A compact portable grill with a nesting bento box design, the CUBE is ready for camping, picnics, and beach days. It’s also a compelling option for anyone with a balcony or patio, thanks to a contemporary design that riffs on a Japanese hibachi grill. The powder-coated steel exterior, chrome handles, and porcelain enamel firebox interior keep heat safely in check, and the entire setup is covered by a 10-year warranty.
Undeniably big and green (and back-breakingly heavy), this kamado-style charcoal grill is for the person who wants to cook anything and everything outdoors. The tapered egg-shaped design and thick, ceramic wall interior allows the Big Green Egg to stay at consistent temperatures—as low as 150 degrees Fahrenheit and as high as 700 degrees Fahrenheit—for an entire day with only a single load of charcoal. Add an ultra-precise vent-based temperature control and you’ve got a cult tool revered by barbecue aficionados for its “slow and low” cooking abilities. There’s a zealous online community of Big Green Egg grillers who share recipes and techniques that will inspire beginners and pros alike. Add a sizable catalog of “EGGcessories” like pizza stones and planchas and you’ve got a grill that’s easy to learn but a challenge to master.
This portable Japanese charcoal grill set doubles as artful pottery. It’s crafted from clay gathered from the ancient bed of Lake Biwa, the largest freshwater lake in Japan. Meat and vegetables cooked over this delicate grill stay delectably moist thanks to the steam perpetually evaporating from the water-filled bowl underneath. This grill burns on binchotan, a traditional kiln-fired wood charcoal that burns hotter, longer and more cleanly than traditional briquettes to cook foods outside or indoors with sufficient ventilation. The smaller version is perfect for a tableside grilling session for two.
If Tesla Motors and Frank Lloyd Wright were somehow asked to co-host a barbecue, they’d be grilling on an architectural Shokunin. Each grill is handmade with ipe wood and marine-grade stainless steel, as much a statement showpiece as a cooking tool. Inside are three layers of laser-cut stainless steel plate grill grates. Each tier is a different temperature cooking zone: the highest for grilling, middle for roasting, and the lowest for slow smoking.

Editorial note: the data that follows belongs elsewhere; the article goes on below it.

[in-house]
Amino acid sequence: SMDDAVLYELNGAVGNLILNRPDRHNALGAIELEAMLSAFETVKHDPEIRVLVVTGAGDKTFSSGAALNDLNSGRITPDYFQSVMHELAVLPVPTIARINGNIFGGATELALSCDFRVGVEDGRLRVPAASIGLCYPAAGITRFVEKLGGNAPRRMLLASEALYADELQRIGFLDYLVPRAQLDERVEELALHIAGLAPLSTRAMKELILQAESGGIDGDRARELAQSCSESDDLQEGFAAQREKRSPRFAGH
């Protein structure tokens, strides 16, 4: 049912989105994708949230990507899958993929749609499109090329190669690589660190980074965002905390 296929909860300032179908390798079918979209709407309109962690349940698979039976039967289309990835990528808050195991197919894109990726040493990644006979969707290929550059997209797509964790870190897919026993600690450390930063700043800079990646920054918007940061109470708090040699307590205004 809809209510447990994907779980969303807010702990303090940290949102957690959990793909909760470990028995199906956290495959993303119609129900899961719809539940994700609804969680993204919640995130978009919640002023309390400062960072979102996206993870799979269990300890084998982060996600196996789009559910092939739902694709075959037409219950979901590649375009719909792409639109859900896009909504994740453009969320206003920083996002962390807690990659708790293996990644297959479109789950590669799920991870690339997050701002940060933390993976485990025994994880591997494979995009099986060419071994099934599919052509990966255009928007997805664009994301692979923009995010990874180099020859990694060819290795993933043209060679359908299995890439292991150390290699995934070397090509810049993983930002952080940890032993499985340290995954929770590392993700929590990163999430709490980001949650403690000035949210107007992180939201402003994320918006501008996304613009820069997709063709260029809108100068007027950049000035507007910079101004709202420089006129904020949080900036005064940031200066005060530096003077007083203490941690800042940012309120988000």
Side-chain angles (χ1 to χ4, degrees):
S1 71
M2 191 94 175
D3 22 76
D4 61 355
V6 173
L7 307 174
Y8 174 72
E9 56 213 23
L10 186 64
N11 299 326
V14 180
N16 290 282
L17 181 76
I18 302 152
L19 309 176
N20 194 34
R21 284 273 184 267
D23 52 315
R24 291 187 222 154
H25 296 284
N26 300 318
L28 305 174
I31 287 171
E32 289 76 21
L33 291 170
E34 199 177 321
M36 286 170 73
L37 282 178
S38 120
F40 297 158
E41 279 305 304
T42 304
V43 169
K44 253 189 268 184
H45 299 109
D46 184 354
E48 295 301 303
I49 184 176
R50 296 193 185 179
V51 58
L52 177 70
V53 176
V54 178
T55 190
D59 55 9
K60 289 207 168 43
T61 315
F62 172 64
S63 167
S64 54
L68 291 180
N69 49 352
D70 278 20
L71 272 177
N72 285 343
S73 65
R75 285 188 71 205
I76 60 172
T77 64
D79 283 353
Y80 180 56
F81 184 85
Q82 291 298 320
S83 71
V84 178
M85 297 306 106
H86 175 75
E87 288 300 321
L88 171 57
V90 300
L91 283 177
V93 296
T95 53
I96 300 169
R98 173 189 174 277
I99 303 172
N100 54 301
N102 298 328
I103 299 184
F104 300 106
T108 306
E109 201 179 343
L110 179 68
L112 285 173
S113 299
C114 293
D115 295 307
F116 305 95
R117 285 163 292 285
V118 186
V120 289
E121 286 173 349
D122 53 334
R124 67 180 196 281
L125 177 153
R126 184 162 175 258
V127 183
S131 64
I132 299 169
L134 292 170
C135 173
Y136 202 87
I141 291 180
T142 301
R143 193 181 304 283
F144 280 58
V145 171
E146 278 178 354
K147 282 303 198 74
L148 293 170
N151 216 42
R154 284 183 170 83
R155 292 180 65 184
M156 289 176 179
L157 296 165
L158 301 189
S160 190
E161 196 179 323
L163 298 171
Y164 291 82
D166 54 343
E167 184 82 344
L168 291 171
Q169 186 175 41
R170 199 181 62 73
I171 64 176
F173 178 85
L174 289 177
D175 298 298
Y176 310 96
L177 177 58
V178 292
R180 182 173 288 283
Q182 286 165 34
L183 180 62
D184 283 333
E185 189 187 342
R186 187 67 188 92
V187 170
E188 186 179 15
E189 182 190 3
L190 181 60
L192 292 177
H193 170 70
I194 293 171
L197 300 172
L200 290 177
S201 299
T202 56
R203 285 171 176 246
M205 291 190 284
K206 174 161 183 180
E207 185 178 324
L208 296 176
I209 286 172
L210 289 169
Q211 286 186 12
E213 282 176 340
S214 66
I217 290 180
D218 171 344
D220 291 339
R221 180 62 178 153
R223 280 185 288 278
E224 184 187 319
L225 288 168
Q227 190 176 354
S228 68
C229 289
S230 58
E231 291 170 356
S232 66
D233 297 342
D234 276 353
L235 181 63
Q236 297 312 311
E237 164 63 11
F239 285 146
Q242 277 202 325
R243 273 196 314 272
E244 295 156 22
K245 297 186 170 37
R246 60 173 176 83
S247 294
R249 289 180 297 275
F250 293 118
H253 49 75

Remember the fable of the tortoise and the hare? Grilling uses hot temperatures to sear foods like hot dogs, drumsticks and burgers quickly, while barbecue applies indirect, low and slow heat to impart flavor and break down tougher cuts like brisket into succulent and soft bites. You can use both techniques with most charcoal grills, but larger size models are better suited for barbecuing/smoking. The extra space can be used to create multiple “cooking zones” to apply both direct and indirect heat .
“If you own a simple kettle grill, you own a smoker,” says barbecue and grilling cookbook author Steven Raichlen. “You don’t have to spend an enormous amount of money or even buy an extra piece of equipment. If you have that kettle grill, the whole secret to getting a lower temperature is to set up your grill for indirect grilling and use only half as much charcoal.”
Many charcoal grills have an ash and debris catcher at the bottom; clean this section out regularly to maintain optimal airflow and to prevent ash from dusting whatever you’re cooking with the ghosts of grilling past. Cleaning grates requires a little more elbow grease, but the process can be simplified by preheating the grill to a high temperature before using a stainless steel bristle brush (or a ball of aluminum foil with tongs) to scrape away any charred remains sticking to the grill. And don’t forget to invest in a cover to keep your grill protected from the elements.
While professional grill and pit masters can determine the doneness of whatever they’re cooking up with a passing peek or a fleeting touch, you’re likely going to need the accurate aid of an instant-read or probe thermometer to get things right. Not only will using a thermometer ensure those chicken thighs, steaks or burgers are at a safe temperature, you’ll also avoid overcooking them.